Growing numbers of New Zealanders are getting backdoor access to revolutionary hepatitis C drugs at a fraction of the cost.
More than 90 percent of people treated with the drugs Sovaldi and Harvoni are cured of hepatitis C, which causes liver disease and autoimmune disorders, but at $NZ1500 per tablet the treatment is prohibitively expensive for most New Zealanders.
The recommended 12-week course of the drugs costs more than $140,000.
Although Pharmac is getting clinical advice on the therapy, it does not yet fund the drugs here. In New Zealand, it's estimated about 55,000 people have hepatitis C.
But with India licensed to produce generic forms of the drugs, an Australian "buyers' club" has enabled patients to get the medication from India for anywhere between $2000 and $4000 per 12-week.
FixHepC was set up by Tasmanian GP James Freeman and so far 114 hepatitis C patients from New Zealanders have used the service.
He told Nine to Noon the Hobart-based organisation began with a trial in mid-2015 which went large scale in September.
"We noticed a number of New Zealanders were voting with their feet - popping over to Australia to pick up medication, and travelling home and starting treatment."
About 114 New Zealanders are thought to have accessed hepatitis C medication through the FixHepC channel.
How can patients be sure the medicines are safe?
Dr Freeman said it was an unusual situation, giving people a script but asking them to access the medication through parallel importing. To ensure patients got exactly the medicine they needed, he said the medication was rigorously tested.
"Initially we were using medicine out of China and that was tested at a university here ... and also at a national measurement institute where it was certified to ensure that it was exactly what it was."
He said the first patient to use the medication was cured within four weeks.
Far from just surfing the internet for medicine, Dr Freeman said steps were taken to make sure the supplier was trusted.
"Supply chain integrity is the primary thing if you're going to purchase medicine ... outside a retail pharmacy."
He said his supply now came from India because that country is home to large drug manufacturers such as Cipla, which make a suitable mix of medications to treat hepatitis C.
He said the method was totally above board; both Australian and New Zealand legislation allows a patient to import 12 weeks of medication for their own use. But he said a prescription from a patient's local doctor was necessary so the treatment could be monitored safely.
"If it's legal for you to bring it in, then it would appear that the problem can be solved by parallel importation."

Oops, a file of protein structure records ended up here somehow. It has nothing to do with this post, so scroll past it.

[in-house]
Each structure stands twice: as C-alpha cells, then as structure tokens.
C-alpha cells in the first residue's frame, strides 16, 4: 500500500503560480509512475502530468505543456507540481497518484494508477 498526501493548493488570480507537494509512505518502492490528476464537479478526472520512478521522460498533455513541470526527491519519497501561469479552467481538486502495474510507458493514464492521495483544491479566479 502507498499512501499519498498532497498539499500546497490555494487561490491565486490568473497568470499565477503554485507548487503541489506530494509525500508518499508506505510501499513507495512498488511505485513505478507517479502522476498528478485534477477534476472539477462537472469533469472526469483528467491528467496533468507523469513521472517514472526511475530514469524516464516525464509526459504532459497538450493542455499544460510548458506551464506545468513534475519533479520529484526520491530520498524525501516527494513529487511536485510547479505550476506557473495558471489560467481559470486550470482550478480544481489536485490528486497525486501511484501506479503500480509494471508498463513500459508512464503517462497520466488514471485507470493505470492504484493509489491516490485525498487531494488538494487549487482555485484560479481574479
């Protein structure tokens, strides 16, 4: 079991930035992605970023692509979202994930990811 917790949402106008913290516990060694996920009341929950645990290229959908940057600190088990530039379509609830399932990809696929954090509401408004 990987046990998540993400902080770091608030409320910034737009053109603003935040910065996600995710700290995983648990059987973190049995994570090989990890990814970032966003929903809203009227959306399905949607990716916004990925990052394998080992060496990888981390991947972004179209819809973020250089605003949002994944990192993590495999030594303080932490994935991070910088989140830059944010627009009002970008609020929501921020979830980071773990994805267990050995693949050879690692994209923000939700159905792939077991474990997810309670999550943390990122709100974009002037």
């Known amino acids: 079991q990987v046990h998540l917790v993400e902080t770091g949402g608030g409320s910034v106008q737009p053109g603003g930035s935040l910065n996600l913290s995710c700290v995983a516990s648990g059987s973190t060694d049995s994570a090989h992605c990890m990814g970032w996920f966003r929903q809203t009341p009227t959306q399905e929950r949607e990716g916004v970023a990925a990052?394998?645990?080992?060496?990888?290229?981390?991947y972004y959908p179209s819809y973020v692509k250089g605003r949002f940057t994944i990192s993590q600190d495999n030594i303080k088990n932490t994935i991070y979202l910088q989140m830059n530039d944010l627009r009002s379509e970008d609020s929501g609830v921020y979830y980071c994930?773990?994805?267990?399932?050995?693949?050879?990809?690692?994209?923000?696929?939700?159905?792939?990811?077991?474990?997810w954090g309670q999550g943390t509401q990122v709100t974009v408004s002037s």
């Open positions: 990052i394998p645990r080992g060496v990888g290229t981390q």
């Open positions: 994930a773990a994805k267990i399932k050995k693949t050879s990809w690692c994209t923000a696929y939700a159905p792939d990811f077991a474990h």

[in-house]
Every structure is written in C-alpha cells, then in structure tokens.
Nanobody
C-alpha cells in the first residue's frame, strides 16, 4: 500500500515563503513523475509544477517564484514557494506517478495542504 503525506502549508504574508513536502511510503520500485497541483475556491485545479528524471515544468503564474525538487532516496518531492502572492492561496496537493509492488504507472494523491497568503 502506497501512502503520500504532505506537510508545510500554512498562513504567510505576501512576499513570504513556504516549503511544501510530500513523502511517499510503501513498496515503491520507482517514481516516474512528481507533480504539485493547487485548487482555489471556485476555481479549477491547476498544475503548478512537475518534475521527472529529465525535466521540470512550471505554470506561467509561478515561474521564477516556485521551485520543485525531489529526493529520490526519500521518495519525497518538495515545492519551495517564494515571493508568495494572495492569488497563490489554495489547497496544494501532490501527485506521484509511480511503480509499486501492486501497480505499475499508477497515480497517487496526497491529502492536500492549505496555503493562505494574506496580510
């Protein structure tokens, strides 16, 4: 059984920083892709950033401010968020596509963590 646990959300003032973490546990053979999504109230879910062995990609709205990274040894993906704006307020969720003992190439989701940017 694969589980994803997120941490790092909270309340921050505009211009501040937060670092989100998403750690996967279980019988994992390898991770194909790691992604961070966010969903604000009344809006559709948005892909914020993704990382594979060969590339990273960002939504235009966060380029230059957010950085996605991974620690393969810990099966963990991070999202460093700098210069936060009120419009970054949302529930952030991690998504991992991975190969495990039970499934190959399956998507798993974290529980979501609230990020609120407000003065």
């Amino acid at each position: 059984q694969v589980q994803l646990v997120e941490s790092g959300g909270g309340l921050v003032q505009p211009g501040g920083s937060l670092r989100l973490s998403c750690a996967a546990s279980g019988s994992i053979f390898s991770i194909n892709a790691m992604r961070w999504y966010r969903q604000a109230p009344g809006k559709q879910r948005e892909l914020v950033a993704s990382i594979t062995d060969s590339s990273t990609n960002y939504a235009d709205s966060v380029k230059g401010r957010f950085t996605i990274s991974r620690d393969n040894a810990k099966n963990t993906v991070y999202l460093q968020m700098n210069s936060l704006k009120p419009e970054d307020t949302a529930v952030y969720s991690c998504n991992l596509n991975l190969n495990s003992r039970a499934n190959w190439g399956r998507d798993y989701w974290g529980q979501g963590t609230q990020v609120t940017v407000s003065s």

He said there were two legal pathways for medication importation to New Zealand, both of which require a prescription - one from a New Zealand doctor for importing medicine by mail and if you travel to another country
"For you to import it by mail you need a New Zealand doctor's prescription. For you to travel to a country like Australia or India to pick up medication you need a prescription from that country."
Dr Freeman said it was legal to bring prescribed medication into New Zealand through Customs, but not all doctors would prescribe it, although some were happy to treat people taking the drugs by doing the required blood tests and looking after the patient's health.
"In both New Zealand and Australia initial scepticism about the utitilty and authenticity of these medications have been replaced by seeing the results with people's own eyes and it becomes impossible to argue with the fact that these medications are doing the job they're supposed to."
Dr Freeman said New Zealand doctors were prescribing through the system his buyers' club had set up, which meant they would get their medicine via mail, but others had got a script through him or other online doctors and travelled to Australia to collect it.
He said doctors are inherently conservative but many have been converted as they have seen such excellent results, with liver function returning to normal and unwell patients becoming well.
Parallel import keeps drug companies in check
Cases of hepatitis C are expected to continue to grow in the western world, with many baby boomers who experimented with drugs in the 1960s and 70s only now learning they have the disease. It can be transmitted through blood transfusions as well as through intravenous drug use and can lie dormant for decades.
The new drugs available through Dr Freeman's club are patented by United States company Gilead Sciences. Dr Freeman said the $NZ140,000 pricing (for a 12-week course) was under investigation in the US.
"The price was set at the absolute maximum the market could bear, with absolutely no respect for the fact that it was going to bankrupt the Veterans' administration or Medicaid - it is extraordinary pricing for a medication.
"It's dreadfully sad that we have invented a cure for one of the five big infectious disease killers in the world and we're not deploying it."
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